A sign of greater civil libertiesSometimes jokes can be a sign of improved civil liberties. That wasn't true in the Soviet Union, where the best jokes had to carefully told from one person to another trusted person. In Nigeria, stand up comedy is new and jokes seem to be a good sign. (Just don't make jokes about Buhari yet.)
Nigeria’s Comics Pull Punch Lines From Deeper Social Ills
The armed robbers were having a field day, [famed comedian] Ali Baba exclaimed to a large auditorium of lawyers. It was so bad that the thieves struck every car along a deeply potholed road — that is, until a former governor came along.
“They looked at him, and said he should drive on,” he said as the crowd grew silent. “The other armed robber said, ‘Why? Why did you let that car go?’ ”
“ ‘Esprit de corps’ ” — a camaraderie among brothers — he said, delivering the punch line and unleashing roars of laughter throughout the audience.
Forget crooked politicians, daily blackouts, long lines at gas stations or even the scourge of Boko Haram here in Nigeria, Africa’s most populous nation. Despite the litany of social ills and troubles — or maybe because of them — Nigeria has never laughed harder.
Comedy here is booming. Top comics have become, in a few short years, among Nigeria’s most successful entertainers and now perform throughout Africa.
Stand-up comedy, which emerged with Nigeria’s return to democratic rule in 1999, has become the country’s third-biggest form of entertainment after movies and music, industry experts say…
So quickly has the art form caught on that stand-up comics have become fixtures at social events, like the lawyers association that hired Ali Baba for its dinner here recently. Securing a talented comic for a wedding, company event or political gathering has now become de rigueur in Nigeria’s higher social circles…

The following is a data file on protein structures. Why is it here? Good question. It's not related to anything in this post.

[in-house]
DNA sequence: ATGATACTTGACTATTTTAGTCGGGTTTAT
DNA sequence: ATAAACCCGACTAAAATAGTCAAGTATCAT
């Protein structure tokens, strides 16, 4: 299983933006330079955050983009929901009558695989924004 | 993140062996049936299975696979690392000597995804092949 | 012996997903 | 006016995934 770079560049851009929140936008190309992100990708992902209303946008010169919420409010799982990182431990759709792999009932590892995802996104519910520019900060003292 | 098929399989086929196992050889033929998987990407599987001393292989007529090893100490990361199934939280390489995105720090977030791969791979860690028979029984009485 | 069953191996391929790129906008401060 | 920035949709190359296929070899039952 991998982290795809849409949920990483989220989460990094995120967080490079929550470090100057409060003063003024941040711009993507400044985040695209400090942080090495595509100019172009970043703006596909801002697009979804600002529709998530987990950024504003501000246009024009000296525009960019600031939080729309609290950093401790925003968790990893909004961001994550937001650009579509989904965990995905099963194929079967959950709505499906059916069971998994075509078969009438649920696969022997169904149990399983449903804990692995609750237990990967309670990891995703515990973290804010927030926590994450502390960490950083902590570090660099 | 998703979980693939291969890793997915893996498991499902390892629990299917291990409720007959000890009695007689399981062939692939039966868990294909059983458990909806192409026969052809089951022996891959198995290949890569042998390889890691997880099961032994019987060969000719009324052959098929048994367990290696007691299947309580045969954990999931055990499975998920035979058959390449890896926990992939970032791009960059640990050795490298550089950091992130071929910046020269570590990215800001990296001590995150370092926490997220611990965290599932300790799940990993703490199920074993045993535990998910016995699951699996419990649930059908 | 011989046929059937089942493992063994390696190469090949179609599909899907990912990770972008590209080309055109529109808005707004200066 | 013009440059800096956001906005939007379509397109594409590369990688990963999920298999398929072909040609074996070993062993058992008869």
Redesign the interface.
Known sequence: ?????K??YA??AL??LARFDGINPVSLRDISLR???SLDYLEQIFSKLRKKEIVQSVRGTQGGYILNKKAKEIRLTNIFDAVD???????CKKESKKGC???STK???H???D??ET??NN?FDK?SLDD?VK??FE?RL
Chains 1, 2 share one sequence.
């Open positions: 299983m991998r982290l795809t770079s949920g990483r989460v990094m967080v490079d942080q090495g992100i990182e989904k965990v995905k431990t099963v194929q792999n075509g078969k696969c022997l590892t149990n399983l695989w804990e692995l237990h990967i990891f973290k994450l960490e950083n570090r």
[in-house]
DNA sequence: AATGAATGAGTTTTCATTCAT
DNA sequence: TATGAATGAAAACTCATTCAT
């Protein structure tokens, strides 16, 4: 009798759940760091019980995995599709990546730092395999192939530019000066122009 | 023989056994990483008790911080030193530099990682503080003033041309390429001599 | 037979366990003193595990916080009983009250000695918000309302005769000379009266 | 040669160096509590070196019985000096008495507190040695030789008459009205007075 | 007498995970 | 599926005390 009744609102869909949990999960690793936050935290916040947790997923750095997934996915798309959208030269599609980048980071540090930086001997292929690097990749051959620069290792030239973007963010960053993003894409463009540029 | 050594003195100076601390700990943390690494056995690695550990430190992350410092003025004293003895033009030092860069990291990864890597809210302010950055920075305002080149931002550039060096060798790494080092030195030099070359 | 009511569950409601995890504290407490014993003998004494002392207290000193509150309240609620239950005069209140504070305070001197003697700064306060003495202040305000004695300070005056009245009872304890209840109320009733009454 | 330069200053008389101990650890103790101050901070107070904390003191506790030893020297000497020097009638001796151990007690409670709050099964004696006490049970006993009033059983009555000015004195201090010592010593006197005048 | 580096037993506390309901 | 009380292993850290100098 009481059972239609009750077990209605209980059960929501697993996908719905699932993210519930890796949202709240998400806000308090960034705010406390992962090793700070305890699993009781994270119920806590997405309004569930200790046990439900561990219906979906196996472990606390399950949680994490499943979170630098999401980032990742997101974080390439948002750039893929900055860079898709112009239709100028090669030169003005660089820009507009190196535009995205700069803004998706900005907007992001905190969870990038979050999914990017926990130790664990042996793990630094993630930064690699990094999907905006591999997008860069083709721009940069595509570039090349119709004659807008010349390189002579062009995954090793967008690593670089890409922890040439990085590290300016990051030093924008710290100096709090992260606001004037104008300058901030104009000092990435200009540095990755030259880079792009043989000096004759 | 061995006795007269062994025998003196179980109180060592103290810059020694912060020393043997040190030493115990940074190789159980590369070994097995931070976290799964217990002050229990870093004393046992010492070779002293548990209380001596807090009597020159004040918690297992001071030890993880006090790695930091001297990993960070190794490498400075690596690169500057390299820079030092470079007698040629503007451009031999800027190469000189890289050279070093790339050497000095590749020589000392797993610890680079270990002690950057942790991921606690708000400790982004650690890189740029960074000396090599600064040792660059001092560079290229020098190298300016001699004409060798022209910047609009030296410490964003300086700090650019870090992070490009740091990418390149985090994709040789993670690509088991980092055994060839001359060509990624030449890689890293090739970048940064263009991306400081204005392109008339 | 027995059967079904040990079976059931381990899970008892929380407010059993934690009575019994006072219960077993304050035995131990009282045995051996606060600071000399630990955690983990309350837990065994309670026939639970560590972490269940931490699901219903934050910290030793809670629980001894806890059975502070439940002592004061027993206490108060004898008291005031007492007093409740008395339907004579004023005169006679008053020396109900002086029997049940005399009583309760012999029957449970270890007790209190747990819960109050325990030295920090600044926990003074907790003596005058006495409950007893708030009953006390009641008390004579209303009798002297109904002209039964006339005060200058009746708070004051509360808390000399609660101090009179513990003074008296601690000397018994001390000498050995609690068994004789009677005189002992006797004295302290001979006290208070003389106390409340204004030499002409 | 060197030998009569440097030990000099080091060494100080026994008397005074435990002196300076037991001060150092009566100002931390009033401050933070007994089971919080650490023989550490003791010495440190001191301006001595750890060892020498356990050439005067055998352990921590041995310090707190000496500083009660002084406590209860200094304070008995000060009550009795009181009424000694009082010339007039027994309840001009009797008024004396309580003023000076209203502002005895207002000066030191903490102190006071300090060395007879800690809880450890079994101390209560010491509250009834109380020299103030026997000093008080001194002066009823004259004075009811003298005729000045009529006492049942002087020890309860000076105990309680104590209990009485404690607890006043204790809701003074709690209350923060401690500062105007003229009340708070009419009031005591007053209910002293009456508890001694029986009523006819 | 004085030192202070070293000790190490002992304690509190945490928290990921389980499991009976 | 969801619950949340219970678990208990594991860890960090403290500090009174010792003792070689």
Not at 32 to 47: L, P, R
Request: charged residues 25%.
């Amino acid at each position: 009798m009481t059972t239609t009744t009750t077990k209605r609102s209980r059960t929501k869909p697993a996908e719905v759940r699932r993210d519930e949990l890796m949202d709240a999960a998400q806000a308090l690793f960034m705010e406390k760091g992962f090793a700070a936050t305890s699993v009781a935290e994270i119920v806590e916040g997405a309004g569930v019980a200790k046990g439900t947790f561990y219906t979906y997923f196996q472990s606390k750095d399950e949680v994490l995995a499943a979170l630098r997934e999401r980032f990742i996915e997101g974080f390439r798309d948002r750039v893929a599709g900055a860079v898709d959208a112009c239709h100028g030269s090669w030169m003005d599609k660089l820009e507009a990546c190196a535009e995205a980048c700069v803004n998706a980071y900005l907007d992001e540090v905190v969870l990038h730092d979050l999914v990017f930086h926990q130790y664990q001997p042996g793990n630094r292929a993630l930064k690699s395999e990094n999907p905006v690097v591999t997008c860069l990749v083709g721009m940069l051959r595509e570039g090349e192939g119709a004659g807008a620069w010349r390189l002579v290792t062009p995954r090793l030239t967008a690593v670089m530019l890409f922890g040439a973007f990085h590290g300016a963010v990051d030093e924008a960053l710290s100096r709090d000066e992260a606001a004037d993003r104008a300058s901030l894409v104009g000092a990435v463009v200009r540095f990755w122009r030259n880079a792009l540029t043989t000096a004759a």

Working in such public spheres, the comedians are challenging deeply rooted social and political mores. Socially, Nigeria remains an extremely hierarchical country where powerful individuals are treated with fawning respect. For the second time since military rule ended in 1999, Nigeria finds itself governed by a former general, President Muhammadu Buhari, evidence of the military’s lingering influence…
“During military rule, you couldn’t go and start cracking jokes about the head of state,” said Barclays Ayakoroma, a cultural critic who has written about the rise of stand-up comedy in Nigeria, “That night, they would have come for you. So we can say that civilian rule opened the way for people to make jokes about our leaders without fear of being arrested.”…
Ali Baba, whose real name is Atunyota Alleluya Akporobomerere, is considered the pioneer of stand-up comedy in Nigeria. Now 50, he recalled how, with no Nigerian models to emulate, he researched the distinctly American art of stand-up comedy by combing through old copies of Reader’s Digest and reference materials like “10,000 Jokes, Toasts and Stories.”…
He also frequented a cultural center run by the American government, studying its videos of Eddie Murphy and Richard Pryor…
When Olusegun Obasanjo was Nigeria’s military ruler between 1976 and 1979, he had shown little tolerance for criticism…
But under democracy, Mr. Obasanjo championed comedians like Mr. Akporobomerere, who roasted him regularly, and recommended him for performances.
Mr. Akporobomerere’s success helped popularize other comedians and bring stand-up comedy into the mainstream.
“Companies wanted to use our services, and young people wanted to take up comedy as a career,” said another popular comedian, Okey Bakassi, whose real name is Okechukwu Anthony Onyegbule. “That changed everything.”
Still, comics can never be too careful.
“There are certain people in government who do not have a sense of humor,” Mr. Akporobomerere said…
“Some [politicians] will come up to me and say, ‘Talk about me,’ ” Julius Agwu, another top comedian, said. “It’s like hype for them.”
Mr. Buhari may not be one of them…
“So far, he’s not known as a type that will host parties,” said the comedian known as Basketmouth. “He’s a pretty serious guy, which is what we need for now. We don’t need to party. We need to fix the country right now.”
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